CIRCLE 2. 2006.

16 february 2006 - 24 march 2006

The ambition and breathtaking actuality of Peter Belyi’s project exactly expresses the opinion of the artist, whose credo is to work with the powerful archetypes of soviet civilisation that continue to exist in contemporary Russian consciousness.

The title "CIRCLE 2" refers us simultaneously to Solzhenitsyn’s novel "The First Circle" and to the artist’s previous projects shown at the Guelman Gallery and at Navicula Artis (‘SH-854’ and ‘Climactic Zone’). 

Belyi is focused on earth and mud, bleak Russian landscapes and Soviet ruins that have melded with the natural world around them and provide a point from which to start a conversation about the ineluctable and providential nature of our history. What does an installation where thick green shoots of spring grass push through the twisted and charred skeletons of camp barrack-house ruins tell a contemporary viewer? Apart from the vivid visual metaphor, there is also a clear modern political context here – the attack on civil rights in contemporary Russia.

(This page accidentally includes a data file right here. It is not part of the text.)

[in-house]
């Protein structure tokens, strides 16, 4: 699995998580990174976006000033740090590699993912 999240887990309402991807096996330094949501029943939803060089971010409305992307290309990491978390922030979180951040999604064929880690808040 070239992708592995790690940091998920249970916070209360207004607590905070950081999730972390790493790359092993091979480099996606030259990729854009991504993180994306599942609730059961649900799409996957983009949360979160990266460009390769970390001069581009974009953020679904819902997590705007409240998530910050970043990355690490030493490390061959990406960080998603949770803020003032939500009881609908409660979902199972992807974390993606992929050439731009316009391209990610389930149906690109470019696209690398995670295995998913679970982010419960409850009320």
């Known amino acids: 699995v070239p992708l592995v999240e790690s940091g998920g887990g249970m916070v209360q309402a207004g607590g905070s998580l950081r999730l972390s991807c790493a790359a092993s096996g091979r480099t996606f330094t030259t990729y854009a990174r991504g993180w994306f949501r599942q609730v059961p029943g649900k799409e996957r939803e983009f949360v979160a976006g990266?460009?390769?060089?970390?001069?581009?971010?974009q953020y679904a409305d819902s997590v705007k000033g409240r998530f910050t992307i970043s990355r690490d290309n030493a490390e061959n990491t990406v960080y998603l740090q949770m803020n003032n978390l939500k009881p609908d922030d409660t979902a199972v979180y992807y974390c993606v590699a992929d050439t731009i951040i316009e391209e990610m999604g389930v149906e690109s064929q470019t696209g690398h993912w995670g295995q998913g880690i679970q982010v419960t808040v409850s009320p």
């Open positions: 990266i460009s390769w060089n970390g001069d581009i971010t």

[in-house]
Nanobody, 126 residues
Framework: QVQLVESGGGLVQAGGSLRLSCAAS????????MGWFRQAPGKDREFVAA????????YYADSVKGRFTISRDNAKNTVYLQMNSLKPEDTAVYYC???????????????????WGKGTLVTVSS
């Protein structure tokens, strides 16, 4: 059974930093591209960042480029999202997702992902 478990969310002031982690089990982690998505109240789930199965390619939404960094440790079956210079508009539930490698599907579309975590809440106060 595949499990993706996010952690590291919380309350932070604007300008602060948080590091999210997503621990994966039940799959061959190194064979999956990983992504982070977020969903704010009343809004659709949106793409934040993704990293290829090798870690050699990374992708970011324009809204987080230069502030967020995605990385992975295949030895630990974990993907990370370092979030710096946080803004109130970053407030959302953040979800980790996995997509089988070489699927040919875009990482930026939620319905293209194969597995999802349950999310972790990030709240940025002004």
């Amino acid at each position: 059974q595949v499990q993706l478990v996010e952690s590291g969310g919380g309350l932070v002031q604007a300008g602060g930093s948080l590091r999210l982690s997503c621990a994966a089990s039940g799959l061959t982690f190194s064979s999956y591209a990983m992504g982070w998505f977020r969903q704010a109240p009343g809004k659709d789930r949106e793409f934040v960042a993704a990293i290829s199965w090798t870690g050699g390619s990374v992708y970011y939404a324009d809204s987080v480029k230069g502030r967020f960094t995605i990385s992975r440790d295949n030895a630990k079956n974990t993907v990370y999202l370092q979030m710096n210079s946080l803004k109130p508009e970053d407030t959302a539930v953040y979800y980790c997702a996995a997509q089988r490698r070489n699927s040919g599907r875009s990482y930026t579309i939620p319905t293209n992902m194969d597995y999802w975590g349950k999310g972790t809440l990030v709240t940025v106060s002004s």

The artist takes on the role of a social barometer and interprets dictatorship as an essential element of the Russian subconscious. From time to time Russia ‘is frozen’ (K. Leontiev on Nikolai I who ‘froze Russia’). Electrified Russian landscapes on boards with numbered photographs fitting together like a puzzle and bristling with lamps and barbed wire are nothing other than slow motion bombs – they emphasise the explosiveness of the situation and confirm that the Russian landscape is going to explode any minute now.

Lastly, a final extreme of the maniacal drive for total "control and registration" (Lenin) is the same boards with photographs of snowflakes numbered with long serial numbers as a gesture of despair and hope, taken deliberately by the artist in an attempt to pry open and reveal a sliver of the life that could await us just around the corner.

In short, we are contemplating a monumental architectural fantasy where Peter Belyi (the Piranesi of Soviet ruins), turns our attention to the powerful and sombre texture of the vanished, but far from forgotten, style of the long gone past and forces us to realise that history has a way of repeating itself.

Gleb Yershov